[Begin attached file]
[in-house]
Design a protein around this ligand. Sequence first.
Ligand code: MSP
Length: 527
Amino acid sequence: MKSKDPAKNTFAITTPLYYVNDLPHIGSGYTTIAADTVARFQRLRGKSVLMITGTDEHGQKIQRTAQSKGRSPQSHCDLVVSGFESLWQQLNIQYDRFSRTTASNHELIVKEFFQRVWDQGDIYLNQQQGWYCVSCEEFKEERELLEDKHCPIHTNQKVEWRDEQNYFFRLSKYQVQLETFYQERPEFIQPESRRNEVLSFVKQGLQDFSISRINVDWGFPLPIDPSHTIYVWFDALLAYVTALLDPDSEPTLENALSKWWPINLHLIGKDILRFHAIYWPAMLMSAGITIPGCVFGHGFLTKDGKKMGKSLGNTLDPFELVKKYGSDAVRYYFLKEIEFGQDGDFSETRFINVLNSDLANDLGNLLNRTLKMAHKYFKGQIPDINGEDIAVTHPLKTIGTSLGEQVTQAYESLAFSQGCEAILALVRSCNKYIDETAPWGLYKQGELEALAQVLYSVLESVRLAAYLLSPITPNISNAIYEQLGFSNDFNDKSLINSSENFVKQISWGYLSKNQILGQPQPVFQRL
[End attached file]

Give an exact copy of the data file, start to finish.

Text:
[in-house]
Design a protein around this ligand. Sequence first.
Ligand code: MSP
Length: 527
Amino acid sequence: MKSKDPAKNTFAITTPLYYVNDLPHIGSGYTTIAADTVARFQRLRGKSVLMITGTDEHGQKIQRTAQSKGRSPQSHCDLVVSGFESLWQQLNIQYDRFSRTTASNHELIVKEFFQRVWDQGDIYLNQQQGWYCVSCEEFKEERELLEDKHCPIHTNQKVEWRDEQNYFFRLSKYQVQLETFYQERPEFIQPESRRNEVLSFVKQGLQDFSISRINVDWGFPLPIDPSHTIYVWFDALLAYVTALLDPDSEPTLENALSKWWPINLHLIGKDILRFHAIYWPAMLMSAGITIPGCVFGHGFLTKDGKKMGKSLGNTLDPFELVKKYGSDAVRYYFLKEIEFGQDGDFSETRFINVLNSDLANDLGNLLNRTLKMAHKYFKGQIPDINGEDIAVTHPLKTIGTSLGEQVTQAYESLAFSQGCEAILALVRSCNKYIDETAPWGLYKQGELEALAQVLYSVLESVRLAAYLLSPITPNISNAIYEQLGFSNDFNDKSLINSSENFVKQISWGYLSKNQILGQPQPVFQRL